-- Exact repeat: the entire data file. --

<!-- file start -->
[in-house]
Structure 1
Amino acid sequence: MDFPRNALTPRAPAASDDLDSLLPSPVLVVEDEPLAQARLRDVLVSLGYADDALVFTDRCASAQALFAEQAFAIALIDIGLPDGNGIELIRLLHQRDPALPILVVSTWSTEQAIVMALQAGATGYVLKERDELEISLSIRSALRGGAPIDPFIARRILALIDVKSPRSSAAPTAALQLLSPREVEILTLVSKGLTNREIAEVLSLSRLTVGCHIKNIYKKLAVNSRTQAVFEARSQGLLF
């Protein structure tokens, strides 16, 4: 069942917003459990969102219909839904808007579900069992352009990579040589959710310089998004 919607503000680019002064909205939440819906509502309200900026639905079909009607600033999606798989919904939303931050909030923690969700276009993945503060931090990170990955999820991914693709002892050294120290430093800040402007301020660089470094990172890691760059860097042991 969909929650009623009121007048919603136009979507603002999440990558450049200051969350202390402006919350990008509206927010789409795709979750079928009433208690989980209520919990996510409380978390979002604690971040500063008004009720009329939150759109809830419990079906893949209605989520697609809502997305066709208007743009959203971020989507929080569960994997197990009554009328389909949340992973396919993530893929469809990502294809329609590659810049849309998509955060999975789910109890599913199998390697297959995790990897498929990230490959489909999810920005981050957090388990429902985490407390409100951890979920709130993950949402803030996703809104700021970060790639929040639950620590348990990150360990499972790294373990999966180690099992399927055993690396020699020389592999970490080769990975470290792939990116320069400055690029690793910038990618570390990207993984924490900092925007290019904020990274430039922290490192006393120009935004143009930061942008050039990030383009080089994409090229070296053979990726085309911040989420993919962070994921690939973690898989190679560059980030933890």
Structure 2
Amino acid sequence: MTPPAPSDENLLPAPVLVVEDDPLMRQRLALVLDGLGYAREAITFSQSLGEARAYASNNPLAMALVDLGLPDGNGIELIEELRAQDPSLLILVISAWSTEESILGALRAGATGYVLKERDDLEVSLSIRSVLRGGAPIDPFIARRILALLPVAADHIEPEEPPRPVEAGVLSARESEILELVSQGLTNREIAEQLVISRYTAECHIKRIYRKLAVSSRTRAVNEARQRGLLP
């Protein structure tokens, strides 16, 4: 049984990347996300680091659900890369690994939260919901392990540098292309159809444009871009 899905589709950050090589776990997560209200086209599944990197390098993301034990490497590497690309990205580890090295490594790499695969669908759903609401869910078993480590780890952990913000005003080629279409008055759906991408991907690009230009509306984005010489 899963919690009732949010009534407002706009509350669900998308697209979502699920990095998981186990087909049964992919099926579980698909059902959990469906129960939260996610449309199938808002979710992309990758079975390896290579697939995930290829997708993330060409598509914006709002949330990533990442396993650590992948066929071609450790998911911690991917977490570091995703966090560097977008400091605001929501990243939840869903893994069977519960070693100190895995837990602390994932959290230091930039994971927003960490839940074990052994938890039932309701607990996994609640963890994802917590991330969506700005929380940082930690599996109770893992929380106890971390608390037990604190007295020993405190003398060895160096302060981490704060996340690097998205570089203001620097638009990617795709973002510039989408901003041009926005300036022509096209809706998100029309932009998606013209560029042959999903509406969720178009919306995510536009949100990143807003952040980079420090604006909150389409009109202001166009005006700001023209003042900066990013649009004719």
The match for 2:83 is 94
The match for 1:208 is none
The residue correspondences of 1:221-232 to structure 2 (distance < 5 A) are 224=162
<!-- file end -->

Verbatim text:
[in-house]
Structure 1
Amino acid sequence: MDFPRNALTPRAPAASDDLDSLLPSPVLVVEDEPLAQARLRDVLVSLGYADDALVFTDRCASAQALFAEQAFAIALIDIGLPDGNGIELIRLLHQRDPALPILVVSTWSTEQAIVMALQAGATGYVLKERDELEISLSIRSALRGGAPIDPFIARRILALIDVKSPRSSAAPTAALQLLSPREVEILTLVSKGLTNREIAEVLSLSRLTVGCHIKNIYKKLAVNSRTQAVFEARSQGLLF
């Protein structure tokens, strides 16, 4: 069942917003459990969102219909839904808007579900069992352009990579040589959710310089998004 919607503000680019002064909205939440819906509502309200900026639905079909009607600033999606798989919904939303931050909030923690969700276009993945503060931090990170990955999820991914693709002892050294120290430093800040402007301020660089470094990172890691760059860097042991 969909929650009623009121007048919603136009979507603002999440990558450049200051969350202390402006919350990008509206927010789409795709979750079928009433208690989980209520919990996510409380978390979002604690971040500063008004009720009329939150759109809830419990079906893949209605989520697609809502997305066709208007743009959203971020989507929080569960994997197990009554009328389909949340992973396919993530893929469809990502294809329609590659810049849309998509955060999975789910109890599913199998390697297959995790990897498929990230490959489909999810920005981050957090388990429902985490407390409100951890979920709130993950949402803030996703809104700021970060790639929040639950620590348990990150360990499972790294373990999966180690099992399927055993690396020699020389592999970490080769990975470290792939990116320069400055690029690793910038990618570390990207993984924490900092925007290019904020990274430039922290490192006393120009935004143009930061942008050039990030383009080089994409090229070296053979990726085309911040989420993919962070994921690939973690898989190679560059980030933890």
Structure 2
Amino acid sequence: MTPPAPSDENLLPAPVLVVEDDPLMRQRLALVLDGLGYAREAITFSQSLGEARAYASNNPLAMALVDLGLPDGNGIELIEELRAQDPSLLILVISAWSTEESILGALRAGATGYVLKERDDLEVSLSIRSVLRGGAPIDPFIARRILALLPVAADHIEPEEPPRPVEAGVLSARESEILELVSQGLTNREIAEQLVISRYTAECHIKRIYRKLAVSSRTRAVNEARQRGLLP
């Protein structure tokens, strides 16, 4: 049984990347996300680091659900890369690994939260919901392990540098292309159809444009871009 899905589709950050090589776990997560209200086209599944990197390098993301034990490497590497690309990205580890090295490594790499695969669908759903609401869910078993480590780890952990913000005003080629279409008055759906991408991907690009230009509306984005010489 899963919690009732949010009534407002706009509350669900998308697209979502699920990095998981186990087909049964992919099926579980698909059902959990469906129960939260996610449309199938808002979710992309990758079975390896290579697939995930290829997708993330060409598509914006709002949330990533990442396993650590992948066929071609450790998911911690991917977490570091995703966090560097977008400091605001929501990243939840869903893994069977519960070693100190895995837990602390994932959290230091930039994971927003960490839940074990052994938890039932309701607990996994609640963890994802917590991330969506700005929380940082930690599996109770893992929380106890971390608390037990604190007295020993405190003398060895160096302060981490704060996340690097998205570089203001620097638009990617795709973002510039989408901003041009926005300036022509096209809706998100029309932009998606013209560029042959999903509406969720178009919306995510536009949100990143807003952040980079420090604006909150389409009109202001166009005006700001023209003042900066990013649009004719």
The match for 2:83 is 94
The match for 1:208 is none
The residue correspondences of 1:221-232 to structure 2 (distance < 5 A) are 224=162